Friday, August 19, 2022

Celebrating the THINGS WE FEEL Anthology

I'm excited to finally be able to post today and talk about the latest Pomelo Books anthology Things We Feel, edited by Sylvia Vardell and Janet Wong. The book just happens to include one of my poems! In honor of Poetry Friday, I share that poem at the end of this post along with a link to the Poetry Friday roundup.

Our current TeachingAuthors topic is "One Book I Learned from this Past Year." Things We Feel is especially appropriate to the topic because it was produced as part of a class I took from Sylvia and Janet: Anthologies 201, a four-part course on publishing an anthology for PreK-grade 2. 

My involvement with this book taught me a great deal. I learned not only from Sylvia and Janet's presentations, but also from the process of writing and selecting the poems. Not all the poems in the anthology were written by the students in our class, and we were allowed to participate in the selection of the poems written by outsiders. The project helped me better understand the variety of considerations when putting together a poetry anthology. As a result, I was able to look at my own poems more objectively. One of my biggest takeaways: An anthologist isn't only looking for the best poems, but poems that will be the best fit.

Things We Feel is the third in a series of alphabet anthologies. This book covers a variety of emotions, from A to Z, and is wonderfully illustrated with photographs of children dealing with each emotion. Things We Feel will be of great value to parents and teachers trying to help young children cope with and understand their feelings. Since my poem is "Amazed," it's the very first in the book. 😊  

As part of the Anthologies 201 class, we participated as a team in creating the following short video which could be used as a supplement to the book. (If the video doesn't play for some reason, you can also watch it here.) 

Things We Feel EMOTIONS promo from Pomelo Books on Vimeo.

As I mentioned, Things We Feel is the third in a series from Pomelo Books. Fellow TeachingAuthor April Halprin Wayland and former TeachingAuthor JoAnn Early Macken both contributed poems to Things We Eat, which came out earlier this year. See this blog post to read April's poem. And you can read JoAnn's poem on her website. The first book in the series, Things We Do, was released in 2021. All of the profits from sales of these books will be donated to the IBBY Children in Crisis Fund ( You can find buy links for all the books on the Pomelo Books website.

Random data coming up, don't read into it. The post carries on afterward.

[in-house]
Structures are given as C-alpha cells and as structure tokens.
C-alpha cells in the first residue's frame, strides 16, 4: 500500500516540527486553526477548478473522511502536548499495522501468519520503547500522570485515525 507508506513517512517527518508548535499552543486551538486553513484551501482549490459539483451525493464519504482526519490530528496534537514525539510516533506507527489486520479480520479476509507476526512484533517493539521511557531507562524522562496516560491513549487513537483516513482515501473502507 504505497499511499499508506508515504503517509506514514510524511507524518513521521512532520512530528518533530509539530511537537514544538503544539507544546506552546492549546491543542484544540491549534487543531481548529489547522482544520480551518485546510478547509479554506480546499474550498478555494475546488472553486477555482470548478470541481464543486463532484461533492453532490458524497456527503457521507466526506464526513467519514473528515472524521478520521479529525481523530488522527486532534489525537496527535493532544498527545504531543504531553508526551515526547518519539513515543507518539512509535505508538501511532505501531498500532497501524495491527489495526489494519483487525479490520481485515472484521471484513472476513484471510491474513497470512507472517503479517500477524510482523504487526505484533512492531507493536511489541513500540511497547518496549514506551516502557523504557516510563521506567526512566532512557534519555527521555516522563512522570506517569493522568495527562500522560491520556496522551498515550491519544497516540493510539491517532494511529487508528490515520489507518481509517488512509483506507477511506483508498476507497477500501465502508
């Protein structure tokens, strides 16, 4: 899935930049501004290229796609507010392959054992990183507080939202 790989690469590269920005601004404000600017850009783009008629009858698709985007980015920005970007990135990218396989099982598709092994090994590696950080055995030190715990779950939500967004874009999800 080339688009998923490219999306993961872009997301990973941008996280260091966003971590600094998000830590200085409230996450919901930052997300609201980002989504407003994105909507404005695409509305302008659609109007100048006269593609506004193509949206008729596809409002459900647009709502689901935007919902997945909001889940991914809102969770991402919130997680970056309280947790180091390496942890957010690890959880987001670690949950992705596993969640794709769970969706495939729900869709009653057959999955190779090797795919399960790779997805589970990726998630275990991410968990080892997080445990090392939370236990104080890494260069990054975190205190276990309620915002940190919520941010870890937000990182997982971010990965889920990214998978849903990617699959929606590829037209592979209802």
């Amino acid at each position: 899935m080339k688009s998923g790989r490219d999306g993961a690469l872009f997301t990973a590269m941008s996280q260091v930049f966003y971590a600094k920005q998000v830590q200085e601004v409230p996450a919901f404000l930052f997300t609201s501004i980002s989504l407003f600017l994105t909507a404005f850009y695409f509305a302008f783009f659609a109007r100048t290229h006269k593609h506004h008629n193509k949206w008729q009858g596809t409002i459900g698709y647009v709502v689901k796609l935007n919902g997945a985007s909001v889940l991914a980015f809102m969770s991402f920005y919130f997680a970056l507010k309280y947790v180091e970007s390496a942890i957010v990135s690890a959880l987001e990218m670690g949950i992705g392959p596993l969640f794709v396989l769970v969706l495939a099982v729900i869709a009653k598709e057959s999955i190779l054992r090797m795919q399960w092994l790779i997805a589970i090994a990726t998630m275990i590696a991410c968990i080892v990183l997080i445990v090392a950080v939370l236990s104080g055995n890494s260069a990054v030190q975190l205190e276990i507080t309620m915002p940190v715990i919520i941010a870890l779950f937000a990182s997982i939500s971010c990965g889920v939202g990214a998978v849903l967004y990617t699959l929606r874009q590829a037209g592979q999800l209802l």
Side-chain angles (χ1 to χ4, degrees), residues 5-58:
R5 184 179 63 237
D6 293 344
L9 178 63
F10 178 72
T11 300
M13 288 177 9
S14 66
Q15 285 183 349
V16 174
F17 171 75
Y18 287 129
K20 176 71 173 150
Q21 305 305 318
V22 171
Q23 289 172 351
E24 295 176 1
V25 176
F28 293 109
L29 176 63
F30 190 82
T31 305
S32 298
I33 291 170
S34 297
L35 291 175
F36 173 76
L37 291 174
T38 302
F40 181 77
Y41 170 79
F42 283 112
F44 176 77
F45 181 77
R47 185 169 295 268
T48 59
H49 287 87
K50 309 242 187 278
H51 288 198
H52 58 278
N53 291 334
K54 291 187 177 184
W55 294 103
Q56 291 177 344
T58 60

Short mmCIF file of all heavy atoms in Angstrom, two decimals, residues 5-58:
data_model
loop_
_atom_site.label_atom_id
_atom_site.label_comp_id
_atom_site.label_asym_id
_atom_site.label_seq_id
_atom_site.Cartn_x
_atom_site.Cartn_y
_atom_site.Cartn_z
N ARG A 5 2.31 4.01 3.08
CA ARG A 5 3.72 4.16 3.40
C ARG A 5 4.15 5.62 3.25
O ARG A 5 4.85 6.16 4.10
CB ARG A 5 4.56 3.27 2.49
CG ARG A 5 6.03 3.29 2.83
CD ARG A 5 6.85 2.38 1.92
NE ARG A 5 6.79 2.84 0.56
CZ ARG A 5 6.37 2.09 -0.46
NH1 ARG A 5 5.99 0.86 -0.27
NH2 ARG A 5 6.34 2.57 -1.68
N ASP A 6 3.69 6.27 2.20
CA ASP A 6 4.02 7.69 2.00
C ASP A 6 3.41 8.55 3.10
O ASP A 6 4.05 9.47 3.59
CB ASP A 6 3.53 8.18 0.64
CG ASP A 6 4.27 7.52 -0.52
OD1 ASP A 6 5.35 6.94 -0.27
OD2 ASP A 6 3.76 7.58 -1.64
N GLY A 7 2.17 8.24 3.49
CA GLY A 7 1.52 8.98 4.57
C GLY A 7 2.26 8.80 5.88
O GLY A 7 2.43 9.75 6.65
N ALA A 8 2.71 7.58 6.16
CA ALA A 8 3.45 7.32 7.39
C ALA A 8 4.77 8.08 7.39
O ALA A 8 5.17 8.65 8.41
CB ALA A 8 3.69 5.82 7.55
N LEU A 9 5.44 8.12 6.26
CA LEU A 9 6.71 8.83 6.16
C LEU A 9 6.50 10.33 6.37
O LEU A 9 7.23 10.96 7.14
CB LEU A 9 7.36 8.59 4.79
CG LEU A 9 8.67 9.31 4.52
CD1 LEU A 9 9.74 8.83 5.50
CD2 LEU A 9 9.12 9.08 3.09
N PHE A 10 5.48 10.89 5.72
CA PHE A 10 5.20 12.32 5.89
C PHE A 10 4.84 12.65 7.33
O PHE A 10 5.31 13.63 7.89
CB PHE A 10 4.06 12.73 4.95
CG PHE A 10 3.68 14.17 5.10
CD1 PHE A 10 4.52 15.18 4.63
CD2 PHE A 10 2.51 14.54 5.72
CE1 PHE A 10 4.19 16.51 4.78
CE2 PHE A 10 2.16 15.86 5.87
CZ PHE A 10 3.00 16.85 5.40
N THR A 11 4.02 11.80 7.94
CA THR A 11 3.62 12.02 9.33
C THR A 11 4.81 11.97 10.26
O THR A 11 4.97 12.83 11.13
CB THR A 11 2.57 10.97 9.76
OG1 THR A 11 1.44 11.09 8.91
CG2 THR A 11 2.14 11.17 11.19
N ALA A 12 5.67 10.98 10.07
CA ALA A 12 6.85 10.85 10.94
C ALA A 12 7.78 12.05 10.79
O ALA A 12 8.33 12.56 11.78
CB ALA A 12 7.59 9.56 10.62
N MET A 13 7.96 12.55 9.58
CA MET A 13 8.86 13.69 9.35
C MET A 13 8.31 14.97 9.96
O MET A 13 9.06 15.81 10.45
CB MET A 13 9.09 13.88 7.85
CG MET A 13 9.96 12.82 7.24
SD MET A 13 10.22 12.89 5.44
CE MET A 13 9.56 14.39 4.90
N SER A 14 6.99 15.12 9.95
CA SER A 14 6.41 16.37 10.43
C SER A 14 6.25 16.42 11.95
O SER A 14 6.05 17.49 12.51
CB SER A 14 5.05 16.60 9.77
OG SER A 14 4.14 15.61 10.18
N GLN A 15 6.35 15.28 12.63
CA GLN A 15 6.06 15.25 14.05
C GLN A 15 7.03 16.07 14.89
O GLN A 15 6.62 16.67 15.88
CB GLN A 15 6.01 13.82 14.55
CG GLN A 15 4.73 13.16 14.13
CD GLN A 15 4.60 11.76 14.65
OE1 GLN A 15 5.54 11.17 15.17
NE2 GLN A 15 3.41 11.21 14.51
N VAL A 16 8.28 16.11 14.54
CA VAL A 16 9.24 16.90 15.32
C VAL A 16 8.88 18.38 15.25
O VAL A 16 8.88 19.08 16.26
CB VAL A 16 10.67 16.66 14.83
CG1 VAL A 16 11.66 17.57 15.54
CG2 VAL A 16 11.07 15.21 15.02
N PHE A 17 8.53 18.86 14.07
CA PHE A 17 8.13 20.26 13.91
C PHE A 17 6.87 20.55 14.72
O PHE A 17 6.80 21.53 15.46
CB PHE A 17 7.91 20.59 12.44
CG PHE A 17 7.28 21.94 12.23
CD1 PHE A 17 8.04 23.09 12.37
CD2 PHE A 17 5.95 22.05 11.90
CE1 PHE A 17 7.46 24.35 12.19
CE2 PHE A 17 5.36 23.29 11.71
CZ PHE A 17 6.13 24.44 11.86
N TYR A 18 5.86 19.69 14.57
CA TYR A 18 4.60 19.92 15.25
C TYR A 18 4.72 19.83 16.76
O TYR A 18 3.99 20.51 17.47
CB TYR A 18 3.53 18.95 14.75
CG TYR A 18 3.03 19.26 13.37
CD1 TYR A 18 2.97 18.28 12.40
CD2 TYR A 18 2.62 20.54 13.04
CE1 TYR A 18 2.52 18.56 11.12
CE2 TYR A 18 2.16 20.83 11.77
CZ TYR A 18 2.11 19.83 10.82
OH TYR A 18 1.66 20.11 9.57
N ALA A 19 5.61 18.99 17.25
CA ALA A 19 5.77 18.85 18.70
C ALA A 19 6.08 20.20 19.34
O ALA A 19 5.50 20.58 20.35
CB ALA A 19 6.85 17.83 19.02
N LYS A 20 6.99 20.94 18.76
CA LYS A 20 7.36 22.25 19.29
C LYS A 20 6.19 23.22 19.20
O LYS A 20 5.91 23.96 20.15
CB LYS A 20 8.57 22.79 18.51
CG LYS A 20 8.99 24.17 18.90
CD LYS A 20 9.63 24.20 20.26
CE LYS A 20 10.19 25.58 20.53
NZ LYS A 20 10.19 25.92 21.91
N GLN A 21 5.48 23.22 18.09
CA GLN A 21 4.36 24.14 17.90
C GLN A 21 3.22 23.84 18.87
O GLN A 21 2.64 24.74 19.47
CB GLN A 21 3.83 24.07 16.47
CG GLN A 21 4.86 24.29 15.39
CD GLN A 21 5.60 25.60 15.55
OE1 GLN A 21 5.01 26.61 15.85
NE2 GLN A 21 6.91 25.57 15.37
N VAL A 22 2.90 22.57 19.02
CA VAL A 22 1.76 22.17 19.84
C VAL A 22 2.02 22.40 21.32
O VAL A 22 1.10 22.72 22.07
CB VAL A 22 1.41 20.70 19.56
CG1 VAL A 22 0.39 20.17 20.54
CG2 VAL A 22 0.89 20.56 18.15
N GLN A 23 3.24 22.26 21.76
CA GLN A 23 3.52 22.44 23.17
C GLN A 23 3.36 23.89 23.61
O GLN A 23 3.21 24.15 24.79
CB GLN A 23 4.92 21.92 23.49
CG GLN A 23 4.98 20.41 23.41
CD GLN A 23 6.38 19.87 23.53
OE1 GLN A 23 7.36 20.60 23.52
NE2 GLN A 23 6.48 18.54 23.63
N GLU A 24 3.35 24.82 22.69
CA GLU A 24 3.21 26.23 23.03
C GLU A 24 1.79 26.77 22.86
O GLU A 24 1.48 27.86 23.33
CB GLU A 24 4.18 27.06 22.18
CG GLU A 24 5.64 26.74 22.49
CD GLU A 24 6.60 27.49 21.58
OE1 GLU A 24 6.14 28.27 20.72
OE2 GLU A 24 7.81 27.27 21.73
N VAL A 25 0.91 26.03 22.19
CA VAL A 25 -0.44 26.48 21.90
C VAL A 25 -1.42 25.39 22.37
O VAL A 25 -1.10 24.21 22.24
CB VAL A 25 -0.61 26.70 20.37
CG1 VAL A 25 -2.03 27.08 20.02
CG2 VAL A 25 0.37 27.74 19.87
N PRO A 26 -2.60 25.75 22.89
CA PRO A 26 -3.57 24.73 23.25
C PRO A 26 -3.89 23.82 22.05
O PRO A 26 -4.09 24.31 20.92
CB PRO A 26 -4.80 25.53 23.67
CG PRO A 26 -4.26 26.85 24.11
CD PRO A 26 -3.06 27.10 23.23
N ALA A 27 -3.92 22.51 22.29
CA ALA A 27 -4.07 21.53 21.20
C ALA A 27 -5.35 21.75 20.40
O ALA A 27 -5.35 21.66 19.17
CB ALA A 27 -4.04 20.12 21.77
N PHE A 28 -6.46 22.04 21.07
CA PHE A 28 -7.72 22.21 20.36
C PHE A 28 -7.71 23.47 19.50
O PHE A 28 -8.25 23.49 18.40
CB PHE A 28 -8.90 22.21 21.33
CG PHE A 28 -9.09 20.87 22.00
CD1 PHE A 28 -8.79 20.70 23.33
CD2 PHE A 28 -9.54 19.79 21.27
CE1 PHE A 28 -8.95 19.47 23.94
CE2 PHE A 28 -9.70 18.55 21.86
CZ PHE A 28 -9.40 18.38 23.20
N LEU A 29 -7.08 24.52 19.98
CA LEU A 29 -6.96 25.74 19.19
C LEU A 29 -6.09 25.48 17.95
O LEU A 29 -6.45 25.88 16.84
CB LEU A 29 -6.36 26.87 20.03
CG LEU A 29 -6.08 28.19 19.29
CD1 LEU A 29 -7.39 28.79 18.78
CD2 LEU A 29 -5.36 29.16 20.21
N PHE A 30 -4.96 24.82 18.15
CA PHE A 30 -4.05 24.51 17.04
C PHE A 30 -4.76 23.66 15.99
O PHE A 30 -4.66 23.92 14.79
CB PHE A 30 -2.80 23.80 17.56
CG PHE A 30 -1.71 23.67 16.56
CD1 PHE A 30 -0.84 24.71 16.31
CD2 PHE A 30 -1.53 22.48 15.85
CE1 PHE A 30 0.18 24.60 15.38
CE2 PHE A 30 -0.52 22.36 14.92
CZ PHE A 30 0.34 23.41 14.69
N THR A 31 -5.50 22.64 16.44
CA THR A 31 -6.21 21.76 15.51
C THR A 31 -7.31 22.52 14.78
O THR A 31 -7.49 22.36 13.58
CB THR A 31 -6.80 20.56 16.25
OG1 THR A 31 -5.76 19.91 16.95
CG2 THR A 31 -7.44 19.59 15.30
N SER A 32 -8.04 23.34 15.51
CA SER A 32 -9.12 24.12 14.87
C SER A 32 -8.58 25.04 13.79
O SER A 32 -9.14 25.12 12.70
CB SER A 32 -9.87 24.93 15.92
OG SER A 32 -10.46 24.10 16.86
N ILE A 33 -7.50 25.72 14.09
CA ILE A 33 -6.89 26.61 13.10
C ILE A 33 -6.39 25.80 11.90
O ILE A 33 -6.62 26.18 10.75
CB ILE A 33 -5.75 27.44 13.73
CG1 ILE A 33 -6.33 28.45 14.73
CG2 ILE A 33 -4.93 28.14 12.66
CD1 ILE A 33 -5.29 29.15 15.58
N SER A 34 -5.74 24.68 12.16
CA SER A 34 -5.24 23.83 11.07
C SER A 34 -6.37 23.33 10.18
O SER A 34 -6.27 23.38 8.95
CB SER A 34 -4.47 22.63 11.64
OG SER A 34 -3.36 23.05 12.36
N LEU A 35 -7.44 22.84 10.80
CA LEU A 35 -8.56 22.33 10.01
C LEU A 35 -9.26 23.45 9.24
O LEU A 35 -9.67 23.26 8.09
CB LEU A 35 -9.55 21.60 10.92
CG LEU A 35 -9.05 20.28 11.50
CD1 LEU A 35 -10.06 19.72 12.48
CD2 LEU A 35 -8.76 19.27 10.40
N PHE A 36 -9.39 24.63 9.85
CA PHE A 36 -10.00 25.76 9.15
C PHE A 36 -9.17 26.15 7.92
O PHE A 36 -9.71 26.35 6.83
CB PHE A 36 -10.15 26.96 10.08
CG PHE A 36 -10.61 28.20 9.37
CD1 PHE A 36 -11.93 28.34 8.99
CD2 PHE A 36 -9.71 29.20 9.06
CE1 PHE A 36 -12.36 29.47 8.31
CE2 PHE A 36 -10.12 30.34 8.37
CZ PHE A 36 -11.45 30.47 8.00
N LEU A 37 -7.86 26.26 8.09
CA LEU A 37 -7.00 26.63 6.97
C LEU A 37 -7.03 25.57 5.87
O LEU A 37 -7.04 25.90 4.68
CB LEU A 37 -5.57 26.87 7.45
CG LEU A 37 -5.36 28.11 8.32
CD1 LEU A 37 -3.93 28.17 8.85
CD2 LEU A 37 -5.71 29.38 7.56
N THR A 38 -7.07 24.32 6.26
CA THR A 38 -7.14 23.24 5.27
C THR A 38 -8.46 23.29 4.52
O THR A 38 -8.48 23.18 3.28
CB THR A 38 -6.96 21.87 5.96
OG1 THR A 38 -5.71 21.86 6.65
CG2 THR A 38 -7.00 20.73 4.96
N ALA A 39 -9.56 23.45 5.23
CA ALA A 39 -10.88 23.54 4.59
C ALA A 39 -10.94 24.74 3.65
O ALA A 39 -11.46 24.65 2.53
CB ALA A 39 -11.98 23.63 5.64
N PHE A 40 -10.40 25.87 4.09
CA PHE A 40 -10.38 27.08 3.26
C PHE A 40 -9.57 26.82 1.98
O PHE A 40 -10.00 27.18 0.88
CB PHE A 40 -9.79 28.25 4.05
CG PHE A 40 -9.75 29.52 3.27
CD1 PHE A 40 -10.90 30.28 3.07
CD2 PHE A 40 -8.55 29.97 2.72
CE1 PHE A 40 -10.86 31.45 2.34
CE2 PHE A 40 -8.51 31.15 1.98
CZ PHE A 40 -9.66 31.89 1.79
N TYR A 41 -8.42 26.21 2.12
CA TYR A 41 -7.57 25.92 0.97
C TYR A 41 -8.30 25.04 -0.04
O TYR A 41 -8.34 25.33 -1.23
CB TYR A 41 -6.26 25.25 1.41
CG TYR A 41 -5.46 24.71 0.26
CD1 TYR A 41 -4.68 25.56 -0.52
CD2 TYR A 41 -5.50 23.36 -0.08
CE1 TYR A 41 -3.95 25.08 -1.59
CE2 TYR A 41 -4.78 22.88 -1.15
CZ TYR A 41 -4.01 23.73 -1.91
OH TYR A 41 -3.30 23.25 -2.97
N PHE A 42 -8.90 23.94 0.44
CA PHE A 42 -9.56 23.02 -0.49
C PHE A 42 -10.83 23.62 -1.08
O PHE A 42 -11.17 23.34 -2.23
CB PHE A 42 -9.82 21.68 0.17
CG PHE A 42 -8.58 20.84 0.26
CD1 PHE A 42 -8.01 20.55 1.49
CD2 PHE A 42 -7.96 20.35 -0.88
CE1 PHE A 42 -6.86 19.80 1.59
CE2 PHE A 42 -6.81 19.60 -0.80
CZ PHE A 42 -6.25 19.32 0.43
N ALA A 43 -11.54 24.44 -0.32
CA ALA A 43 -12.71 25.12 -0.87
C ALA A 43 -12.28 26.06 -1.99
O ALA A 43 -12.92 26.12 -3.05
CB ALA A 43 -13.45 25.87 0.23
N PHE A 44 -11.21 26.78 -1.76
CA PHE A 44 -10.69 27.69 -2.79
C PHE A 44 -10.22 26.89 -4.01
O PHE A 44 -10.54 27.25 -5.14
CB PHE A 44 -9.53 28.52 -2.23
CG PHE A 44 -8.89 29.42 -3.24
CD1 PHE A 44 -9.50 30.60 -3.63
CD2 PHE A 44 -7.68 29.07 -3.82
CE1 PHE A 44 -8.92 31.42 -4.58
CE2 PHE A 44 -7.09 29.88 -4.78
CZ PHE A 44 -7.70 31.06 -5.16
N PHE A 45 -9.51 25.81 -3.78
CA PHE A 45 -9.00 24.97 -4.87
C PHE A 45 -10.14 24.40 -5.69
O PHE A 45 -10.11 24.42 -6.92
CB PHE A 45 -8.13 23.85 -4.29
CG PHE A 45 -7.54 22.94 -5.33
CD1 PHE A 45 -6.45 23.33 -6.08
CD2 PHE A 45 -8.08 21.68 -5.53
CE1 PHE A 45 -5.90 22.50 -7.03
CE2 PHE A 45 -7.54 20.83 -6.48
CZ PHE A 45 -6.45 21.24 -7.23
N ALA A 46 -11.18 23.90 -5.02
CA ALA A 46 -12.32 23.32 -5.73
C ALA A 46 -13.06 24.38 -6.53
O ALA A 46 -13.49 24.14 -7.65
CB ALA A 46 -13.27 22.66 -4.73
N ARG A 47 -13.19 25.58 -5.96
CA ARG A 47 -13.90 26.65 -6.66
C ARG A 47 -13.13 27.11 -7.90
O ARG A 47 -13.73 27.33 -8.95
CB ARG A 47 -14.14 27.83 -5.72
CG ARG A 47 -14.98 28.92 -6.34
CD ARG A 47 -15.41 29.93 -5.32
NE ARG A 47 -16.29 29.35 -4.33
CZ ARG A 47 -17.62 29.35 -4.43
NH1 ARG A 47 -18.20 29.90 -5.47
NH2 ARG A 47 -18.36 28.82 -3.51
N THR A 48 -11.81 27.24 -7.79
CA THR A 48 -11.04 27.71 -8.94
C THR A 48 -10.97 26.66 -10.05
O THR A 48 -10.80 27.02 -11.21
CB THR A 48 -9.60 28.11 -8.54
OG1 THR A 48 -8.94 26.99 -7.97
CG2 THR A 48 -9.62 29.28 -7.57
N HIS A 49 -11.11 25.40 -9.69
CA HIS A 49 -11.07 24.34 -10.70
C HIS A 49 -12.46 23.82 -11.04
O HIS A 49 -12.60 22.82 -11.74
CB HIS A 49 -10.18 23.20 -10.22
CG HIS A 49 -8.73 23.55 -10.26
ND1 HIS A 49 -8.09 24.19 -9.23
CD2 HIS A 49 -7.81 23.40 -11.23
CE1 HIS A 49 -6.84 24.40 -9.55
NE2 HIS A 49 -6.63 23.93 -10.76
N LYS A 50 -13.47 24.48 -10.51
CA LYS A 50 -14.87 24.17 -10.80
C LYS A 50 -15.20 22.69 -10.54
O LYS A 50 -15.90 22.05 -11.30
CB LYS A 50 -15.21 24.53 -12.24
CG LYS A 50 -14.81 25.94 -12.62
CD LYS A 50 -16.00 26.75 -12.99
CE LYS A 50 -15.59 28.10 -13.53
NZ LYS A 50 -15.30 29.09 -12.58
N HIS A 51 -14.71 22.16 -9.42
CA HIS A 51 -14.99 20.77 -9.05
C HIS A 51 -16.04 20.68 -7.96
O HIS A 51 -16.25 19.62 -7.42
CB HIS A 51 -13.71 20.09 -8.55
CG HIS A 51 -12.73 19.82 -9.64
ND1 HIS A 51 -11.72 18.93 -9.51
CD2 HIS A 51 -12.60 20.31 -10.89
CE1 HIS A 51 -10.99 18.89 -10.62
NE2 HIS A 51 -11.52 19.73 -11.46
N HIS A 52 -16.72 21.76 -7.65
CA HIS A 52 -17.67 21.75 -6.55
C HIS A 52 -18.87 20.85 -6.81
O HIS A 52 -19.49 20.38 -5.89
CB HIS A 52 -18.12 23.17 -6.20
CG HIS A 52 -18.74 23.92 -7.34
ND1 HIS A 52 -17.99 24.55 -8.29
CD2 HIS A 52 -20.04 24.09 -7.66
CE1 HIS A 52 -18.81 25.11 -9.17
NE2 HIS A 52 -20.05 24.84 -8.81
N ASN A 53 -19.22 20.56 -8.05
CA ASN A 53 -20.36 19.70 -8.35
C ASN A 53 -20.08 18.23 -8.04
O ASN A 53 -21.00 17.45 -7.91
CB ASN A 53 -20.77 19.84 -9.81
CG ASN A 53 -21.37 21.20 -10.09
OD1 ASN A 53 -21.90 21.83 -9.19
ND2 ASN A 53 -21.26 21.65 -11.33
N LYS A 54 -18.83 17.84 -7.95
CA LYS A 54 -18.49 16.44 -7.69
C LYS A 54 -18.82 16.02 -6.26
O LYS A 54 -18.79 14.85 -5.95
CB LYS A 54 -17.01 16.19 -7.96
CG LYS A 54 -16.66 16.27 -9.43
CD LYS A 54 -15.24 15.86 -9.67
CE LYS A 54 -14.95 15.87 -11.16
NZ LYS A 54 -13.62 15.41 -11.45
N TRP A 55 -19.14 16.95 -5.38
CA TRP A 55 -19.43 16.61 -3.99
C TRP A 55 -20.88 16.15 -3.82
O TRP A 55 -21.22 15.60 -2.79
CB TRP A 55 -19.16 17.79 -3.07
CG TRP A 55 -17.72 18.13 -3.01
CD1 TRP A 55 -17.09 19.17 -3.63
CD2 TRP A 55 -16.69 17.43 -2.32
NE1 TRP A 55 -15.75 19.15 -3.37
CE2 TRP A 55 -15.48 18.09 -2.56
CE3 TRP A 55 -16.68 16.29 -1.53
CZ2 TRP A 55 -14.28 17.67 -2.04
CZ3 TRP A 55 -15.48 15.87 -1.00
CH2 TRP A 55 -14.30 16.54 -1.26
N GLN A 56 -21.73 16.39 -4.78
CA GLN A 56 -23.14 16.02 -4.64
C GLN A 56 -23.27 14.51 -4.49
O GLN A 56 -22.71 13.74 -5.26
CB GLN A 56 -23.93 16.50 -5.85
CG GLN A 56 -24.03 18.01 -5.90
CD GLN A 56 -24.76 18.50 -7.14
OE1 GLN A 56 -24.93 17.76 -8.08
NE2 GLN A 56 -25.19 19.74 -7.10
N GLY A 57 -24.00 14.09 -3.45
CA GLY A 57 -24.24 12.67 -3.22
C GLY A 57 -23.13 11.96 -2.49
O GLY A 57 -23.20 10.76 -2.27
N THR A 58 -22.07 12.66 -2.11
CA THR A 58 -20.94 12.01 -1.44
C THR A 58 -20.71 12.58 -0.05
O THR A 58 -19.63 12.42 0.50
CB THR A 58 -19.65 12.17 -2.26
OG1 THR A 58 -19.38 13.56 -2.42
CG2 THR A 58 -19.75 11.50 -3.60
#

Now, as promised, I'll share my poem, "Amazed." Sylvia and Janet created a terrific graphic of the 2-page spread with the poem alongside the "amazing" photo that inspired it. However, I had to split the graphic into two for the poem to be legible here. So below you'll first see the photo, which appears on the left page of the spread, and then the poem. (If you'd like to see the whole graphic, check out my Tweet here.)



I encourage you to visit Marcie Flinchum Atkins's website to read the fun poem she wrote for the letter Z: "Zany."  You can also see Michelle Kogan's poem in the anthology on her blog post here. And Anastasia Suen shares not only her poem but a related downloadable activity on her website.

When you're done checking out the poems from Things We Feel, don't forget to visit the Poetry Friday roundup hosted by Dave on his blog, Leap of Dave
Happy writing!

Thursday, August 4, 2022

Two Books I Learned from this Year: Multiple Narrators by Mary Ann Rodman

We're currently talking about One Book I Learned from Over the Past year. I know, I's supposed to be one book, but why confine yourself to just one?  I've read a ton of middle grade fiction this year, and lot of them had multiple POV's. 

Maybe it's a subconscious thing. My long festering WIP has multiple (three) POV's. Perhaps the Universe is nudging me, with all these excellent examples of how to juggle different narratives. 

The Blackbird Girls by Anne Blankman takes place during the Chernobyl disaster. Eleven-year-olds Oksana and Valentina find themselves evacuating to Leningrad parents, no teachers. Additionally, the girls are sworn enemies. The chapters alternate each girl's POV, in third person limited. A third voice from 40 years in the past occasionally shows up.  Her identity isn't learned until the end of the book. In addition to the effects of a nuclear meltdown, Blankman takes on anti-Semitism, child abuse (mental and physical), religious beliefs and living in the Soviet Union. Heavy as these topics are, Blankman handles them in an age-appropriate manner. Even though the three main characters are girls of the same age, each has a distinctive voice and personality. 

Erin Entrada Kelly's Those Kids From Fawn Creek dropped me into a familiar locale. For many years, I taught in a small, isolated school like Fawn Creek, a place where everyone is either related, or has known each other since birth. A town where no one ever leaves, and no one new moves in. Not until Orchid Mason arrives in the 7th grade, throwing the school's well-established social order askew.. Orchid is a mystery girl who has been all over the world, so how does she wind up in Fawn Creek, Louisiana? The eleven other 7th graders speculate through the alternating perspectives of main characters Greyson, Dorothy and Janie. (There is also a chapter where each of the boys in the class has a short section weighing in with their thoughts about Orchid and girls in general.) Additionally, of the three main characters, each, at some point, is also an unreliable narrator. Who is telling the truth? What is the truth? Can anyone ever know? 
Having read these two books in the same week, my long dormant WIP characters are stretching and yawning, waking up after a long pandemic's nap. I think they're ready to come out and play. 

So am I.

Posted by Mary Ann Rodman